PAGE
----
The Stack Overflow podcast is back! Listen to an interview with our new CEO.

New answers tagged

2

This article provides estimates of zonal harmonics down to $J_8$ derived from Doppler data in the Juno mission.* Tesseral harmonics are "statistically zero as expected for a fluid planet in equilibrium". The article also compares the zonal harmonics estimates to past estimates from the Pioneer and Voyager missions. The values are reported in Table 2, ...


7

We don't really know. A study from 2012 suggests that lichens and cyanobacteria could indeed survive the "obvious" perils of Mars, including radiation, low pressure, and temperatures dropping as low as $-50°\text{C}$. In 2012 the Planetary Society reports a two-stage experiment performed at the German Aerospace Center, in which (1) organisms were ...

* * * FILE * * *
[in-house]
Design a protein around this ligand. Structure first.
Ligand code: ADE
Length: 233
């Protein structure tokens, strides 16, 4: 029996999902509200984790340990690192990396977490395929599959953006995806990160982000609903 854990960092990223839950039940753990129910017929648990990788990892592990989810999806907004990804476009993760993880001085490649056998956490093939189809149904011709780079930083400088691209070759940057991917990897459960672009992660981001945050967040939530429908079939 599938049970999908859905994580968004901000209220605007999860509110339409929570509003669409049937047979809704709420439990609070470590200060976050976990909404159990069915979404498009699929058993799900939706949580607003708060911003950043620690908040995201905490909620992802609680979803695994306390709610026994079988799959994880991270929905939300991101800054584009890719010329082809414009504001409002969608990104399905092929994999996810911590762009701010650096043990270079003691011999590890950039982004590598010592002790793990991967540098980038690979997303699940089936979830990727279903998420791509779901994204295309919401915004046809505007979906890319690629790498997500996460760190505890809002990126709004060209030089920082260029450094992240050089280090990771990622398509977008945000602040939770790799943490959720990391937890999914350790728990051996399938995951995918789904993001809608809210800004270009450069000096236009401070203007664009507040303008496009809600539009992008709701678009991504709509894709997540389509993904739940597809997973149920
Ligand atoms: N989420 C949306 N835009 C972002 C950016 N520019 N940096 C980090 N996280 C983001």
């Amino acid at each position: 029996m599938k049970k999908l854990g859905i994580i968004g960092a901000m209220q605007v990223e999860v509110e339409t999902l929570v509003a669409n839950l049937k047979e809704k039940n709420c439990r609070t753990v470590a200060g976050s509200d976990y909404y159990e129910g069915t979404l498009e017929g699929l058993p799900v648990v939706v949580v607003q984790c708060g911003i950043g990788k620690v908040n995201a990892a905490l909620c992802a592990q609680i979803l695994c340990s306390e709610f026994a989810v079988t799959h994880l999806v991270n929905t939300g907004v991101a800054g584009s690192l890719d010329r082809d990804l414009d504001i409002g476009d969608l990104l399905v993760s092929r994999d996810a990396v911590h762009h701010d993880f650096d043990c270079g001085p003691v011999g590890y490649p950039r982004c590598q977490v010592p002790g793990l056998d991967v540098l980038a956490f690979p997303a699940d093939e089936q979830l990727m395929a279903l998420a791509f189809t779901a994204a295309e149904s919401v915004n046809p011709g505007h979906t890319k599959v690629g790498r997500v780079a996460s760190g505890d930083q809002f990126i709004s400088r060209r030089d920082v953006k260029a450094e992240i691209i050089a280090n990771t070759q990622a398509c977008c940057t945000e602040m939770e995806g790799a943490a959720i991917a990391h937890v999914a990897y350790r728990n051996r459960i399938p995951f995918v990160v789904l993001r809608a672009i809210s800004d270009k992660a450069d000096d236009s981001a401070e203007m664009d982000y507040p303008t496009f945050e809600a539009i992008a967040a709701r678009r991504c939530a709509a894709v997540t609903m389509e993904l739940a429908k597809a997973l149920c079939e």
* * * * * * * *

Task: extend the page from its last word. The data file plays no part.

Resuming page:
2

From Gizmodo's Now You Can Listen to Marsquakes: After landing on Mars last year, the InSight probe deposited a sensitive seismometer called the the Seismic Experiment for Interior Structure (SEIS) on the Martian surface. After first recording a strange, possible Marsquake this past April, the experiment has now counted at least 21 quakes among 100 ...


3

I haven't used it myself, so I don't know what the track record is like, but this one seems pretty all inclusive: http://www.spacecalendar.com/


6

I use this from SpaceFlightNow: https://spaceflightnow.com/launch-schedule/ For launches since it tracks them pretty far out


Top 50 recent answers are included